DIMENSIONS Summer 1999

COMMUNITY PRESENTATIONS

The Alzheimer's Disease Research Center (ADRC) has seven areas, or cores, which each serve a different function in order to further the research mission of the ADRC. One of the cores is the Education and Information Core. It is responsible for the development of professional staff training and outreach programs that will publicize the ADRC, improve clinical and research skills related to Alzheimer's disease (AD), and foster interest in AD and related disorders.

The Education Core works closely with the Northwest Geriatric Education Center (NWGEC) to provide education about AD to health care providers throughout the WWAMI region. (WWAMI is the abbreviation used for Washington, Wyoming, Alaska, Montana, and Idaho, a five state region for which the UW is expected to provide training and consultation to health care professionals.) Serving such a large and diverse area means ADRC investigators sometimes travel "off the beaten path" to provide state of the art education and consultation services to professional and family caregivers, physicians, nurses, and community groups.

For example, this spring Dr. Rebecca Logsdon, one of the Education Core's faculty, has been on the road much of the time, presenting a series of workshops on Alzheimer's disease, caregiving, and healthy aging to communities that have not had easy access to educational programs in the past. With co-sponsorship from the ADRC, the Northwest Geriatric Education Center and Area Health Education Center, and the Alzheimer's Association, she has traveled throughout rural Alaska, from the Aleutian Islands to Haines, Petersburg, and points in between by car, boat, and float plane. The turnout, even in remote locations, has been gratifying, and usually includes a mixture of medical providers, families, seniors, and public officials. In Haines, the entire day-long presentation was recorded for later broadcast on the local public radio station, and in Petersburg, Dr. Logsdon was interviewed in a live, on-the-air radio call-in show.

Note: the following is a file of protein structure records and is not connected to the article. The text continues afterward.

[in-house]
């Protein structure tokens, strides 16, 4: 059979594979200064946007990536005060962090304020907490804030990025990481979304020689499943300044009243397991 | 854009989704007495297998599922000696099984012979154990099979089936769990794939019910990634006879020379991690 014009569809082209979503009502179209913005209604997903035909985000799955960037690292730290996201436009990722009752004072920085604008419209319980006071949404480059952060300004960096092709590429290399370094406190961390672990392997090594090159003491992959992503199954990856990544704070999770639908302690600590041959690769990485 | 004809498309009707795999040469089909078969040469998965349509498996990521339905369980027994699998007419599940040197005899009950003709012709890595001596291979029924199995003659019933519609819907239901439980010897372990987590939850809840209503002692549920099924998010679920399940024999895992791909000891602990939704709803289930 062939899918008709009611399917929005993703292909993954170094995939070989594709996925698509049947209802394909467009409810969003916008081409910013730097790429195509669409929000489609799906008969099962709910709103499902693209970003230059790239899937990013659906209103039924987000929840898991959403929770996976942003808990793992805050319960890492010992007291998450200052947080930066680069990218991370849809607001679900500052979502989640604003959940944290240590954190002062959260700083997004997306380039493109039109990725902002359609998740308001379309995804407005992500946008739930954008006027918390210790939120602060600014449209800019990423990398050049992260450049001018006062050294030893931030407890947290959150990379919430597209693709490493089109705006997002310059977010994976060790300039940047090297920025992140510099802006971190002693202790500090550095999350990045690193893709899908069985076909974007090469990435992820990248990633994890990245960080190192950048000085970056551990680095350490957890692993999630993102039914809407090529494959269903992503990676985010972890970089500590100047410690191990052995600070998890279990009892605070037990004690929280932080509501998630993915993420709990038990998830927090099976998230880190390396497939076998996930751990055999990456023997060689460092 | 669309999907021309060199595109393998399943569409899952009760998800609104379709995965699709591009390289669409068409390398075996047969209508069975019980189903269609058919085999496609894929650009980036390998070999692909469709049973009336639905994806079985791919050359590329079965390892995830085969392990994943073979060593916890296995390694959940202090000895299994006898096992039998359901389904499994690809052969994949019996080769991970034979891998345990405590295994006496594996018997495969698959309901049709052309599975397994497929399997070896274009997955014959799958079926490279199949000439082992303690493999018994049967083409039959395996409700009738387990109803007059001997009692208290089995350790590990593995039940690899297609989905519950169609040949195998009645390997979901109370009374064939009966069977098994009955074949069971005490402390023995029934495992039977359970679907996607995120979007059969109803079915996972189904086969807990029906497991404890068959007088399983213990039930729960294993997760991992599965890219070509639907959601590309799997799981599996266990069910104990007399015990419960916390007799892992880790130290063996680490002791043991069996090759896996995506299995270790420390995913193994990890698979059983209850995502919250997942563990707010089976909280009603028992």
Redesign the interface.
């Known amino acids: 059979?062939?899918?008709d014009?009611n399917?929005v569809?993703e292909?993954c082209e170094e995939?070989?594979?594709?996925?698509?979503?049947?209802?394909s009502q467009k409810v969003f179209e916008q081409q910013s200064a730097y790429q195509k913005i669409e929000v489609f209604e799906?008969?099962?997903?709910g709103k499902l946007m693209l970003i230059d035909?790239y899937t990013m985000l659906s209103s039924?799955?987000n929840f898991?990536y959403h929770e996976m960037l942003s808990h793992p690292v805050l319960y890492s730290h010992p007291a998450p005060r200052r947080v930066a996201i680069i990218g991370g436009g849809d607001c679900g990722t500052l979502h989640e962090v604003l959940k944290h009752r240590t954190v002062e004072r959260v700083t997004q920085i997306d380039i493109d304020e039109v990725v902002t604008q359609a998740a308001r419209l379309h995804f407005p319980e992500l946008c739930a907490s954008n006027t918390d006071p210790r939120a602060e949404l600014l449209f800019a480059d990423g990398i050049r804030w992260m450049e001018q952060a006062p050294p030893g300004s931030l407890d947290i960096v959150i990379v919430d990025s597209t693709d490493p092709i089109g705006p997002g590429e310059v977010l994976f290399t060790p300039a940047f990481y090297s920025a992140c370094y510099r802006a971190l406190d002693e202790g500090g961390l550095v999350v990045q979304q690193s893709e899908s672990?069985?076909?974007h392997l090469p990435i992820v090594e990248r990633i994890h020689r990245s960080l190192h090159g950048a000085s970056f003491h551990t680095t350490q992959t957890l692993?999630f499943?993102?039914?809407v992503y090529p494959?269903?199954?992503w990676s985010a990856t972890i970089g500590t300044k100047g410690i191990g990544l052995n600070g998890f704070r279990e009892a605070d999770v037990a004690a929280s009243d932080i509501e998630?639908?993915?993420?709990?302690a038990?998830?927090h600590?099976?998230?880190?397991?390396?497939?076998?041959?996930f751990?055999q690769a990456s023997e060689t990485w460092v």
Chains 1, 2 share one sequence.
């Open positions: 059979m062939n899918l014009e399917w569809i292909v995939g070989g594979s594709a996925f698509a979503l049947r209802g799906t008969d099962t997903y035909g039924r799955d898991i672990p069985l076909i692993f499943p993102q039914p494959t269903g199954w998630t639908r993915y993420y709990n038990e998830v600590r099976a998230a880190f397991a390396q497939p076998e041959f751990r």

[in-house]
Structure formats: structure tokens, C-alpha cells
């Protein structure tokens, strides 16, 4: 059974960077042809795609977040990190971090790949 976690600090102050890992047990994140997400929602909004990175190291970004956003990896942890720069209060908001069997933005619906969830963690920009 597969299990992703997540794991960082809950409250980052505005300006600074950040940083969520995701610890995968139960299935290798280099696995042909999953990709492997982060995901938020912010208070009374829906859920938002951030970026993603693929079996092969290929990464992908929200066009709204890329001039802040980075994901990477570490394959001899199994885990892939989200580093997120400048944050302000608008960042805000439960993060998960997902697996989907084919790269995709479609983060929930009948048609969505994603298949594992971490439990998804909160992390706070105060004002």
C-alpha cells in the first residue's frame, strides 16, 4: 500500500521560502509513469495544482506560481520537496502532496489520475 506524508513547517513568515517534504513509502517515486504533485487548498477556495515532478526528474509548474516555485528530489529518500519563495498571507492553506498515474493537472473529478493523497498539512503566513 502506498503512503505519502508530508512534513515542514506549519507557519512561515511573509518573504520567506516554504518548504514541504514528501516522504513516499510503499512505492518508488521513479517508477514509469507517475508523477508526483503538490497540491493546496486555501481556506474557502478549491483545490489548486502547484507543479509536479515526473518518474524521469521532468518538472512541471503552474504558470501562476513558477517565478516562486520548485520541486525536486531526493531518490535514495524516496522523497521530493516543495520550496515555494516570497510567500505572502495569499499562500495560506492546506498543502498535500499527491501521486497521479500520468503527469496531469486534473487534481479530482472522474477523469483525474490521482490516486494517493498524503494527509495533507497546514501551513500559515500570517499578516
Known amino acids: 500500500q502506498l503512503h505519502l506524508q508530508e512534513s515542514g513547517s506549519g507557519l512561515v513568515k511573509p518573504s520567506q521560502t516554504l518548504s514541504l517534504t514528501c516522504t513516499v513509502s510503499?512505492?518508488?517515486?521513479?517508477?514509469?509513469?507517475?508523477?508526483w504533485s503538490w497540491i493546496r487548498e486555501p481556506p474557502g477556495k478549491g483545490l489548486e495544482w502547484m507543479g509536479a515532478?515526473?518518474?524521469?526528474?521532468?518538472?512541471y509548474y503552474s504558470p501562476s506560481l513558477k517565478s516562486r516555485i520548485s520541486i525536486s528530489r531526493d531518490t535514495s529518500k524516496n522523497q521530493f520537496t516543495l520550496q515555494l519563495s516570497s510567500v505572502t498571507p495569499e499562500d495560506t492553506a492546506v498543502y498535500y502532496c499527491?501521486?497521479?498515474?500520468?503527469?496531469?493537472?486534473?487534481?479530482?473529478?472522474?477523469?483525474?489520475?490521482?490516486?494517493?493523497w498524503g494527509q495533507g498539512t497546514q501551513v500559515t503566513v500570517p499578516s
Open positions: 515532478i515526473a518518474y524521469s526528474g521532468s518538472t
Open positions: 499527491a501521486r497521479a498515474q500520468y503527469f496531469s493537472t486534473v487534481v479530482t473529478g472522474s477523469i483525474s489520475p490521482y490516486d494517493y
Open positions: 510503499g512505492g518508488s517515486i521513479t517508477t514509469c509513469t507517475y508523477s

Dr. Logsdon also traveled to Browning, Montana, to present a two-day workshop on AD at the Blackfeet Tribal Headquarters. Over 50 community health care providers from western Montana participated in the workshop, along with tribal elders, family members, and persons with Alzheimer's disease. The Blackfeet Alzheimer's Demonstration Project, which sponsored the event is working with the ADRC on an ongoing basis to increase the capacity of families and community groups to provide care for elders in their community.

These rural presentations are demanding in terms of time and energy, but they provide a vital resource to the communities we serve. And, as one of main goals of the Education Core is to educate people about AD through training and research, the work of the faculty, like Dr. Logsdon, help improve care to patients with AD and their families throughout our western states.


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